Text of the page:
I'm reading Washington Irving's Life of Christopher Columbus, where he writes:

Two of them were light, half-decked caravels; the Santa Maria, on which Columbus hoisted his flag, was completely decked.

Does 'half-decked' refer to how the decks were constructed? Or perhaps something to do with how the ships were loaded with cargo?


2 Answers 2


1. lit. A deck covering half the length of a ship or boat, fore or aft: in this sense still used in some small partly open craft.

a. In old ships of war: A deck extending from the mainmast aftward, situated between the then smaller quarter-deck and the upper or main deck. After the two decks above the main deck were reduced to one, for which the name ‘quarter-deck’ was retained, ‘half-deck’ survived only in the expression ‘under the half-deck’, applied to the part of the main deck from the main mast aftward, formerly covered by the ‘half-deck’.

b. In colliers: A deck under the main deck, extending forward to near the after-hatch and containing berths, etc., for the crew (obs.). OED

It's definitely not referring to b., because none had more than one deck. None of the ships were war ships, so I doubt it would be definition a.. Definition 1. seems the most likely given the small size of these ships.

Half-decked is a common term used to describe the construction of boats. It was first used in the early seventeenth century and is still in use today.

A whole deck, on the other hand, has a deck covering the entire length of the ship, i.e., not open-topped.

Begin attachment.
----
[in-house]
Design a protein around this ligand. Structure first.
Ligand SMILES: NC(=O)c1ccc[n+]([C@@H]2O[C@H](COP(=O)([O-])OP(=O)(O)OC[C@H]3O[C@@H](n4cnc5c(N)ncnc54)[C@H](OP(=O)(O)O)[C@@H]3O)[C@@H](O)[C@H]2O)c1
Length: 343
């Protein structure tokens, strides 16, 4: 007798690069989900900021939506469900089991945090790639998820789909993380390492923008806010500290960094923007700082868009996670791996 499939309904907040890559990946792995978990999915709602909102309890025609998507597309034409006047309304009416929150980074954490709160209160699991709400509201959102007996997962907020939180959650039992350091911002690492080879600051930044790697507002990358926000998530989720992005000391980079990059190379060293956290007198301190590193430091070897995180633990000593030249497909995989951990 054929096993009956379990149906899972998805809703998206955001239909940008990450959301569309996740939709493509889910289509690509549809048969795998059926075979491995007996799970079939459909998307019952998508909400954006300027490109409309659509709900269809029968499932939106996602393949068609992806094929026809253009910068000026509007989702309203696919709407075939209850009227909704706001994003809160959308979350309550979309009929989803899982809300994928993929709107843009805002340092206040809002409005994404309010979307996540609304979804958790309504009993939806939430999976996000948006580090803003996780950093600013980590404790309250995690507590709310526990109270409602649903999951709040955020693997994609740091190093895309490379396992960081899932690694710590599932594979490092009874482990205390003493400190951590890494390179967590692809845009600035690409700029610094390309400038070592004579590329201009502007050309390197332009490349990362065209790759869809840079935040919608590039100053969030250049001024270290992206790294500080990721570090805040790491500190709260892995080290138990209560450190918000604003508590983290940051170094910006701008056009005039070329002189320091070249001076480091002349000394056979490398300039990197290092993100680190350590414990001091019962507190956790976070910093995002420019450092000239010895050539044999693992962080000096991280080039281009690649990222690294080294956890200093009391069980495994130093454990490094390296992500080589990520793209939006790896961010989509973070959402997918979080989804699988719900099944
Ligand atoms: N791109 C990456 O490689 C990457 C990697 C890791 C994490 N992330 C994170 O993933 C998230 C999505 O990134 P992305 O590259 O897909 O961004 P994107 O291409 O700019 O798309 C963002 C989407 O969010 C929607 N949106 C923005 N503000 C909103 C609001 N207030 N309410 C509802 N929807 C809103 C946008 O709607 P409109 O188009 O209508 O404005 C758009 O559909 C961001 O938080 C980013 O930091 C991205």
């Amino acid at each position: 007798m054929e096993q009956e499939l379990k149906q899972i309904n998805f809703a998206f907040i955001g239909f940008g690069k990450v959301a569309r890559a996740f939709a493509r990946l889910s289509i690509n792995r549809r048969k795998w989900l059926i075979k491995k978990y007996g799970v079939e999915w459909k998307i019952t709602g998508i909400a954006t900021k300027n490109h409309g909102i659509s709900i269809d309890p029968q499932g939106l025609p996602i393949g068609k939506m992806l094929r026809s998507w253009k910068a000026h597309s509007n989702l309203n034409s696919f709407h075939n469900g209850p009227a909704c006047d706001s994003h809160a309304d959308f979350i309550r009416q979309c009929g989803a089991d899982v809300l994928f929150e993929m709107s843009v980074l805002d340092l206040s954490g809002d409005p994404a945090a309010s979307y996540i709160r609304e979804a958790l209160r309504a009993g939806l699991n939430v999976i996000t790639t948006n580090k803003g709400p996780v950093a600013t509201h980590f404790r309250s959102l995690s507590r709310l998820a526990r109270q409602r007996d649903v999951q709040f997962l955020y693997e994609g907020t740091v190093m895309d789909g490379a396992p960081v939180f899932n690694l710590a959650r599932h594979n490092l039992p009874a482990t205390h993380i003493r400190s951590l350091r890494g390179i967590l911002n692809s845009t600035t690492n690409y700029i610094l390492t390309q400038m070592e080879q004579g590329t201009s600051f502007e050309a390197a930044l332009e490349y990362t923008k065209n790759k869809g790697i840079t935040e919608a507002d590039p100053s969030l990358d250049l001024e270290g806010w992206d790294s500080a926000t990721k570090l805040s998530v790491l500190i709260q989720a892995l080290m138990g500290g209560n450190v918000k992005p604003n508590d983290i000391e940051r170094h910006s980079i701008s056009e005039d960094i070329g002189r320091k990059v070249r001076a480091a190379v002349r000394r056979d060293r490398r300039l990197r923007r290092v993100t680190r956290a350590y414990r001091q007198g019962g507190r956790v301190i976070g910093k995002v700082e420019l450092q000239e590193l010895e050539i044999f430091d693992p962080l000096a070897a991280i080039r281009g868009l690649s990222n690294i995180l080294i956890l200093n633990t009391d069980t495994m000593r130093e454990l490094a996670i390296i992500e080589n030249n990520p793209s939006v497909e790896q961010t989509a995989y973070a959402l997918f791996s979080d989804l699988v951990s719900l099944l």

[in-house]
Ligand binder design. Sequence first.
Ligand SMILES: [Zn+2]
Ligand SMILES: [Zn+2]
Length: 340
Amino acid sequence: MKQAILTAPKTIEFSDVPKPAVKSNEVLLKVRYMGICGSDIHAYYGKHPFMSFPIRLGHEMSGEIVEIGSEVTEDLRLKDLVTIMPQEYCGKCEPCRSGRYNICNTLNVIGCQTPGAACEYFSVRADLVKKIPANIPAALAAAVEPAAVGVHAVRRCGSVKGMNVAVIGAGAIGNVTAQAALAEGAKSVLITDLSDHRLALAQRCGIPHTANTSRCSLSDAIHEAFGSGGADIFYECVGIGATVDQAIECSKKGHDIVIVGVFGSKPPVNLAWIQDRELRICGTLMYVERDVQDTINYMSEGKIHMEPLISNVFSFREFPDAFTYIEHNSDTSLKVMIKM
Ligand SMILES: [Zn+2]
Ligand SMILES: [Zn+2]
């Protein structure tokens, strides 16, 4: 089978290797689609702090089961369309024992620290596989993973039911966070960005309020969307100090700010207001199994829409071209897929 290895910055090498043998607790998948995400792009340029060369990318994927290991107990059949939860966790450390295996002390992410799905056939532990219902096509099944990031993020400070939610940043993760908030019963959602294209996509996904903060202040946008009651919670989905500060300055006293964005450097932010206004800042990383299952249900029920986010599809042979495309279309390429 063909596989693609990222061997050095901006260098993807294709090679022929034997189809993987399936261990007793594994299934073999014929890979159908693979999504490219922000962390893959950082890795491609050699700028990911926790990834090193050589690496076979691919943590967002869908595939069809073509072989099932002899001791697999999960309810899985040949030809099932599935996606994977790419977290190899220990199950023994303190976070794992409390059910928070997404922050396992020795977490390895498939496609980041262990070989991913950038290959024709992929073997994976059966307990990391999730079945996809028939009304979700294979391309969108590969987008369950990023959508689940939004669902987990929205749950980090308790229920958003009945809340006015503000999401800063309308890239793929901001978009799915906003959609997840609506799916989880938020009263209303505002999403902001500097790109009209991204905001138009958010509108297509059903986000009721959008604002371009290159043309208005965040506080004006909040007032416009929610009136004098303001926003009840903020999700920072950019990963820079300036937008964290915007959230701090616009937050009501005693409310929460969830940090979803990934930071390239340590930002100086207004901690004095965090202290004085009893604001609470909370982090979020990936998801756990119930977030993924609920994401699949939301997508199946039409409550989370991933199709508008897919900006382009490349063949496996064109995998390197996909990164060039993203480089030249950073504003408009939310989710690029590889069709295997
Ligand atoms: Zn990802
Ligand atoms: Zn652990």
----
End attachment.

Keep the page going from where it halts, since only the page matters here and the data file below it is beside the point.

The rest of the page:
In contemporary wooden boat terminology, as mentioned in the other answer, half-decked has two senses:

  • a small open boat with a partial deck to improve seaworthiness and strength. The deck is installed around the perimeter and at the bow and its function is to prevent water ingress and strengthen the boat structure. The boat is otherwise open.
  • a large sailing ship with an additional raised deck platform above the primary (main) deck of the vessel. This created additional indoor space on the vessel (usually reserved for the use of officers) and additional working space above where the activity on the main deck could easily be observed.

The Niña was a small ship by the standards of the great warships of the 18th century, but is still far to big to lack a main deck. For one thing, it would be impossible to tend the sails and operate the ship from deep in the hull. For another, the main deck would have been an essential structural feature of the ship - in essence preventing it from collapsing under the inward pressure of the water.

There are no depictions of the Niña surviving from that period, so contemporary reproductions are based on knowledge of other ships from the era and general boatbuilding principles. They do agree on the inclusion of a main deck though, and the addition of a raised half-deck in the after part of the boat.

In this image of a full-sized reproduction the main deck is not clearly visible, but one can imagine that if there were no working platform generally at the level of the top of the hull, it would be impossible to work the boat - one would be too deep inside the hull to manage the rigging or to see over the sides.

In fact, looking closely, we can see a row of scupper holes along the side of the boat. This would have been the level of the main deck, set a few feet lower than the upper part of the hull. The holes were provided so that any water deposited on deck by breaking waves could drain away.

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